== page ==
In a ceremony brimming with hope, Israel and Jordan on Monday opened the first road link between the two once-warring countries, a harbinger of what their leaders hope will be a broader peace.
King Hussein of Jordan, who made the historic event possible by signing a non-belligerency pact with Israel two weeks ago, said he hoped it would produce peace between Syria and Israel, as well.Hussein, at a news conference, said Syrian President Hafez Assad was committed to peace. "You know President Assad feels the need to move ahead . . . It is our hope we will see progress on all fronts."
At the ceremony, Crown Prince Hassan, speaking in Hebrew, one of a number of remarkable developments here just north of the Red Sea, invoked the biblical injunction to "turn the valley of troubles into a gate of hope."
Up to the last minute, minefields were being cleared from the site, and guests were cautioned not to stray from the new asphalt road.
Israeli Prime Minister Yitzhak Rabin, the first Israeli head of government to officially set foot on Jordanian soil, and Secretary of State Warren Christopher shared the rostrum with Hassan as some 1,000 Israelis and Jordanians sat together in wooden bleachers. They wore white baseball caps to protect them from the scorching heat.
"This is the first step on a long journey," Rabin said, as he quarreled with critics who questioned the rapid pace of Israel's deal-cutting with the Arabs. "To prevent loss and sorrow we cannot afford to wait one day longer."
A dozen Jordanian and Israeli war veterans shook hands and exchanged gifts. Two young girls, Zora Ginzburg, 10, a kibbutz child, and Nancy Tayan, 12, of Aqaba, presented shears on velvet pillows for Rabin and Hassan to cut the white ceremonial ribbon.
The border opening, which cannot be used by Israelis and Jordanians until there is a formal peace treaty, is one byproduct of the war-no-more agreement King Hussein and Rabin signed two weeks ago at the White House in Washington.
Christopher, who is in the midst of another burst of shuttle diplomacy to try to broaden the peacemaking, said the event lifts the spirits "of a wounded region by reminding it of the courage and honor, the compassion and sacrifice that two people can demonstrate in the search for peace."
Actually, Jordan and Israel have been in de facto peace since the 1967 war in which Israel drove Jordanian troops out of east Jerusalem and took control of the West Bank.
But Christopher, noting that the crossing connects the sun-kissed resorts of Aqaba and Eilat, said this "has been a place of longing, where Israelis and Jordanians could stand on the beaches and see each other but not know each other."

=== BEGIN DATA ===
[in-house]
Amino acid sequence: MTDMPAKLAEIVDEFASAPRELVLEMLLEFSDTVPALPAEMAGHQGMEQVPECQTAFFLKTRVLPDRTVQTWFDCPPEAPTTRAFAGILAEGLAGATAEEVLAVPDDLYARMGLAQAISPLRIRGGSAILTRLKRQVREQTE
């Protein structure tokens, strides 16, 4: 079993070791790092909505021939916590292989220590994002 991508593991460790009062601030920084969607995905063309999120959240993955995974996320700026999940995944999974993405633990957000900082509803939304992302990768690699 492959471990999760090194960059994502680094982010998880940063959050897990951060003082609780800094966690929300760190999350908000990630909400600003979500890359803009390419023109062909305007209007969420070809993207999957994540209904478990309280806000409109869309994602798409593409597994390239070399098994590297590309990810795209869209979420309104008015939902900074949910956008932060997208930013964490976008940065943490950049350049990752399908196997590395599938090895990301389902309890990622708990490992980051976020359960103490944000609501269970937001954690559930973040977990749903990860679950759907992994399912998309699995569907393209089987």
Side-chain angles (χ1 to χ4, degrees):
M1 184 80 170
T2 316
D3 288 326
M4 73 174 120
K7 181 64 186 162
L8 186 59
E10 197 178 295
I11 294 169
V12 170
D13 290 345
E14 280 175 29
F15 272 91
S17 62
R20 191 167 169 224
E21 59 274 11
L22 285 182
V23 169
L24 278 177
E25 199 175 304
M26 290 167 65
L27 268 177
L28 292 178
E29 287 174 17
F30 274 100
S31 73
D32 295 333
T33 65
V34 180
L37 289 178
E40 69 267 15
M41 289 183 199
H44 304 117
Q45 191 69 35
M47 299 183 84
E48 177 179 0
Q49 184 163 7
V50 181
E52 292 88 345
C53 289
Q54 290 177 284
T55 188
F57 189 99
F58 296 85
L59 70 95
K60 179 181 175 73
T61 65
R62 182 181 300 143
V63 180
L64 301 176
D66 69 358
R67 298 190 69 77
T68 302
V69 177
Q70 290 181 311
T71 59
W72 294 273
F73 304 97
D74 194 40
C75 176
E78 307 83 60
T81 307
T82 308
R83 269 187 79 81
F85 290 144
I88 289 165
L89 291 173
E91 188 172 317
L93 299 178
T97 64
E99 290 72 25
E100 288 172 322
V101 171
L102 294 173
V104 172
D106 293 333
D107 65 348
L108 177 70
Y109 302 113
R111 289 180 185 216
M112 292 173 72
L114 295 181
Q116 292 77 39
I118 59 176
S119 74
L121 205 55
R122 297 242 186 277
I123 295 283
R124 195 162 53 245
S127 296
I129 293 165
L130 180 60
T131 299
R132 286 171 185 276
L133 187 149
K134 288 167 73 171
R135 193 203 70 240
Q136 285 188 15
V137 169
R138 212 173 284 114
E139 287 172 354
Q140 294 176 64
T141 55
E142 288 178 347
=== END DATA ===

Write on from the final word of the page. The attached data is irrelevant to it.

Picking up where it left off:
In a sobering note, though, Hassan, speaking in Arab and English, said the border crossing is still being negotiated. Jordan, like the other Arabs, is demanding territory from Israel and is likely to get it.
On hand for the ceremony were generals Muhamed Malkawi of Jordan and Yusef Mishlev of Israel. A sole Israeli plane flew overhead.
There was a huge sense of euphoria on the Israeli side, with virtually the entire government present and flags from both countries raised in the hot desert air.
Jordanians were more subdued. King Hussein did not attend, although he was to host a lunch for Rabin and four other Israeli leaders afterward. The country also did not raise Israeli flags.
Jordanian opposition groups, including Islamic fundamentalists, handed the government a petition Sunday saying it opposed the peace process, arguing Jordan was giving up land. Jordan used to rule east Jerusalem and the east bank.
After the speeches, the wounded from the wars or their relatives from both sides shook hands and exchanged gifts. And at the end of the ceremony, Rabin, Hassan and Christopher rode off together in a bus, waving to the dispersing crowd.
Outstanding issues between the two sides include a disputed border line and water rights. Jordan also may wait for negotiations with Syria, stuck over control of the Golan Heights, to be completed before it signs a final treaty.
Military and construction workers worked day and night over the past days, blowing up mine fields, tearing down barbed-wire fences and building roads to create the crossing just about 2 miles north of the Red Sea ports.
Another barrier between Israel and Jordan came down Sunday when President Ezer Weizman inaugurated direct phone links by calling Hussein and inviting him to Jerusalem. Last week, the king flew over Israel, and some water is being shared by the two countries.
Weizman greeted Hussein in Arabic: "Good morning, my dear majesty."
Hussein answered in English: "I am very happy indeed to have this opportunity to speak to you. I hope that we will continue to get in touch and I look forward to seeing you sometime soon."
Weizman told Hussein, "You have an open invitation to Jerusalem, within two hours takeoff time, any time."
Palestinians have been disturbed by the Jordan-Israel rapprochement, especially that Jordan's control over the holy sites in Jerusalem was reaffirmed during the Washington talks.
Leader Yasser Arafat was rebuffed in attempts to start talks on Jerusalem immediately. They are due to start within two years, along with other final status talks like settlements.
Rabin and Arafat are to meet Wednesday at the Erez crossing between the self-rule area of Gaza and Israel to discuss the ongoing implementation of their treaty.